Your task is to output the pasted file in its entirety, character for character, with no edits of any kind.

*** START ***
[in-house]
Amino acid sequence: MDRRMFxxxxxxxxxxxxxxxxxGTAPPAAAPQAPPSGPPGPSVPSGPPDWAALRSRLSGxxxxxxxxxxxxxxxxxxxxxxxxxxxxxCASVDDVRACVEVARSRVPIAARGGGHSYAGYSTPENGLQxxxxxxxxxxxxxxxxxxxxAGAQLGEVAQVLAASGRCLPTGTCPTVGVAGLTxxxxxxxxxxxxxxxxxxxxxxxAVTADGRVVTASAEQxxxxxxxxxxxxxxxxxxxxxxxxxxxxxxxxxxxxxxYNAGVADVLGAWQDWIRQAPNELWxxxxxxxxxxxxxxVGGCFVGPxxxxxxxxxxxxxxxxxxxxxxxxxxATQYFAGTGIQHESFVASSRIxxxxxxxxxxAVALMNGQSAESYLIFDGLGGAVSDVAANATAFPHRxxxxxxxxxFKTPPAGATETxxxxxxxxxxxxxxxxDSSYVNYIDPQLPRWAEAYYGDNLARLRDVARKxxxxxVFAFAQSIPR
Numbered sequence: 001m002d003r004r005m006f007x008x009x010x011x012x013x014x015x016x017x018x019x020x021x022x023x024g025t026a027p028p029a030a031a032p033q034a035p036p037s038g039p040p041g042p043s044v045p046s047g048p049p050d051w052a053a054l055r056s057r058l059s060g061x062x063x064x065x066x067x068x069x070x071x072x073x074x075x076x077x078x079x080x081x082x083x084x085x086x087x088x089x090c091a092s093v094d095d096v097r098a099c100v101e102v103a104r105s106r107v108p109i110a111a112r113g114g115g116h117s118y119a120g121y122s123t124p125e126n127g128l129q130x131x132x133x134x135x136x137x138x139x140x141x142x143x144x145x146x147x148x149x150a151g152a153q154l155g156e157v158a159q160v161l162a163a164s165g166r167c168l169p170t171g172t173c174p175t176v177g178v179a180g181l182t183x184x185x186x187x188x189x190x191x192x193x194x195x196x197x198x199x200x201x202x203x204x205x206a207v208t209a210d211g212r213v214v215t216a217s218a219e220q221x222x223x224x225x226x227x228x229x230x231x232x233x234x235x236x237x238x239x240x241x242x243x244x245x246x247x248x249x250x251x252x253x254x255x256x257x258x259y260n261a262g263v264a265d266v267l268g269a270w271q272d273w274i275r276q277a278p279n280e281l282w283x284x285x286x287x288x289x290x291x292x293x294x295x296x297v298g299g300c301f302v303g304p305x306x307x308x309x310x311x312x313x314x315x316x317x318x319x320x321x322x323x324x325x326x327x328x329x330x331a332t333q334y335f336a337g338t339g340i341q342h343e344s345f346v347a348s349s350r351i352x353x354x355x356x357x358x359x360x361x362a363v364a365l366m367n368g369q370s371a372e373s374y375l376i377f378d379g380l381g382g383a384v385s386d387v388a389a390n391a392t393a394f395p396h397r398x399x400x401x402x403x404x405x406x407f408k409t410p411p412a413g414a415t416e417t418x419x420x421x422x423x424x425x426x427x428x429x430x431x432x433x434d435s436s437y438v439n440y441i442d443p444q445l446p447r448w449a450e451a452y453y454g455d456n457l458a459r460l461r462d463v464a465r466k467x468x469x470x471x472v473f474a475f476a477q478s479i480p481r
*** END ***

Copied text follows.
[in-house]
Amino acid sequence: MDRRMFxxxxxxxxxxxxxxxxxGTAPPAAAPQAPPSGPPGPSVPSGPPDWAALRSRLSGxxxxxxxxxxxxxxxxxxxxxxxxxxxxxCASVDDVRACVEVARSRVPIAARGGGHSYAGYSTPENGLQxxxxxxxxxxxxxxxxxxxxAGAQLGEVAQVLAASGRCLPTGTCPTVGVAGLTxxxxxxxxxxxxxxxxxxxxxxxAVTADGRVVTASAEQxxxxxxxxxxxxxxxxxxxxxxxxxxxxxxxxxxxxxxYNAGVADVLGAWQDWIRQAPNELWxxxxxxxxxxxxxxVGGCFVGPxxxxxxxxxxxxxxxxxxxxxxxxxxATQYFAGTGIQHESFVASSRIxxxxxxxxxxAVALMNGQSAESYLIFDGLGGAVSDVAANATAFPHRxxxxxxxxxFKTPPAGATETxxxxxxxxxxxxxxxxDSSYVNYIDPQLPRWAEAYYGDNLARLRDVARKxxxxxVFAFAQSIPR
Numbered sequence: 001m002d003r004r005m006f007x008x009x010x011x012x013x014x015x016x017x018x019x020x021x022x023x024g025t026a027p028p029a030a031a032p033q034a035p036p037s038g039p040p041g042p043s044v045p046s047g048p049p050d051w052a053a054l055r056s057r058l059s060g061x062x063x064x065x066x067x068x069x070x071x072x073x074x075x076x077x078x079x080x081x082x083x084x085x086x087x088x089x090c091a092s093v094d095d096v097r098a099c100v101e102v103a104r105s106r107v108p109i110a111a112r113g114g115g116h117s118y119a120g121y122s123t124p125e126n127g128l129q130x131x132x133x134x135x136x137x138x139x140x141x142x143x144x145x146x147x148x149x150a151g152a153q154l155g156e157v158a159q160v161l162a163a164s165g166r167c168l169p170t171g172t173c174p175t176v177g178v179a180g181l182t183x184x185x186x187x188x189x190x191x192x193x194x195x196x197x198x199x200x201x202x203x204x205x206a207v208t209a210d211g212r213v214v215t216a217s218a219e220q221x222x223x224x225x226x227x228x229x230x231x232x233x234x235x236x237x238x239x240x241x242x243x244x245x246x247x248x249x250x251x252x253x254x255x256x257x258x259y260n261a262g263v264a265d266v267l268g269a270w271q272d273w274i275r276q277a278p279n280e281l282w283x284x285x286x287x288x289x290x291x292x293x294x295x296x297v298g299g300c301f302v303g304p305x306x307x308x309x310x311x312x313x314x315x316x317x318x319x320x321x322x323x324x325x326x327x328x329x330x331a332t333q334y335f336a337g338t339g340i341q342h343e344s345f346v347a348s349s350r351i352x353x354x355x356x357x358x359x360x361x362a363v364a365l366m367n368g369q370s371a372e373s374y375l376i377f378d379g380l381g382g383a384v385s386d387v388a389a390n391a392t393a394f395p396h397r398x399x400x401x402x403x404x405x406x407f408k409t410p411p412a413g414a415t416e417t418x419x420x421x422x423x424x425x426x427x428x429x430x431x432x433x434d435s436s437y438v439n440y441i442d443p444q445l446p447r448w449a450e451a452y453y454g455d456n457l458a459r460l461r462d463v464a465r466k467x468x469x470x471x472v473f474a475f476a477q478s479i480p481r